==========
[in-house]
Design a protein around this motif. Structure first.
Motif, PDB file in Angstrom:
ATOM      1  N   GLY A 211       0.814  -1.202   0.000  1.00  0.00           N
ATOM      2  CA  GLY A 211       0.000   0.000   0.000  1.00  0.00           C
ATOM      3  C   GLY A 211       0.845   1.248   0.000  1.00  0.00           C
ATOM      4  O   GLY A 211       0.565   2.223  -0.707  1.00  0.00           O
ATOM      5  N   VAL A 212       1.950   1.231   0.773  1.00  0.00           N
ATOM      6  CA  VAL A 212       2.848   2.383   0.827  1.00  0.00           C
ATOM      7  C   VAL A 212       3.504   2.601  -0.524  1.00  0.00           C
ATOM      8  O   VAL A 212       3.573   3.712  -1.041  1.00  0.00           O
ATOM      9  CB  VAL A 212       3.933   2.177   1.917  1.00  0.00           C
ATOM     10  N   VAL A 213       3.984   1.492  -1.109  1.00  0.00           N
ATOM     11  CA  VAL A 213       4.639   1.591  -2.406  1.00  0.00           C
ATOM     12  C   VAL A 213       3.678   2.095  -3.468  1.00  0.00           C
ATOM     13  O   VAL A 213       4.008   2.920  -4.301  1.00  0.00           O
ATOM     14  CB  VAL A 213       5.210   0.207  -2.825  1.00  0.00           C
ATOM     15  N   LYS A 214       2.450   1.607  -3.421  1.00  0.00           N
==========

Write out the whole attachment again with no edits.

[in-house]
Design a protein around this motif. Structure first.
Motif, PDB file in Angstrom:
ATOM      1  N   GLY A 211       0.814  -1.202   0.000  1.00  0.00           N
ATOM      2  CA  GLY A 211       0.000   0.000   0.000  1.00  0.00           C
ATOM      3  C   GLY A 211       0.845   1.248   0.000  1.00  0.00           C
ATOM      4  O   GLY A 211       0.565   2.223  -0.707  1.00  0.00           O
ATOM      5  N   VAL A 212       1.950   1.231   0.773  1.00  0.00           N
ATOM      6  CA  VAL A 212       2.848   2.383   0.827  1.00  0.00           C
ATOM      7  C   VAL A 212       3.504   2.601  -0.524  1.00  0.00           C
ATOM      8  O   VAL A 212       3.573   3.712  -1.041  1.00  0.00           O
ATOM      9  CB  VAL A 212       3.933   2.177   1.917  1.00  0.00           C
ATOM     10  N   VAL A 213       3.984   1.492  -1.109  1.00  0.00           N
ATOM     11  CA  VAL A 213       4.639   1.591  -2.406  1.00  0.00           C
ATOM     12  C   VAL A 213       3.678   2.095  -3.468  1.00  0.00           C
ATOM     13  O   VAL A 213       4.008   2.920  -4.301  1.00  0.00           O
ATOM     14  CB  VAL A 213       5.210   0.207  -2.825  1.00  0.00           C
ATOM     15  N   LYS A 214       2.450   1.607  -3.421  1.00  0.00           N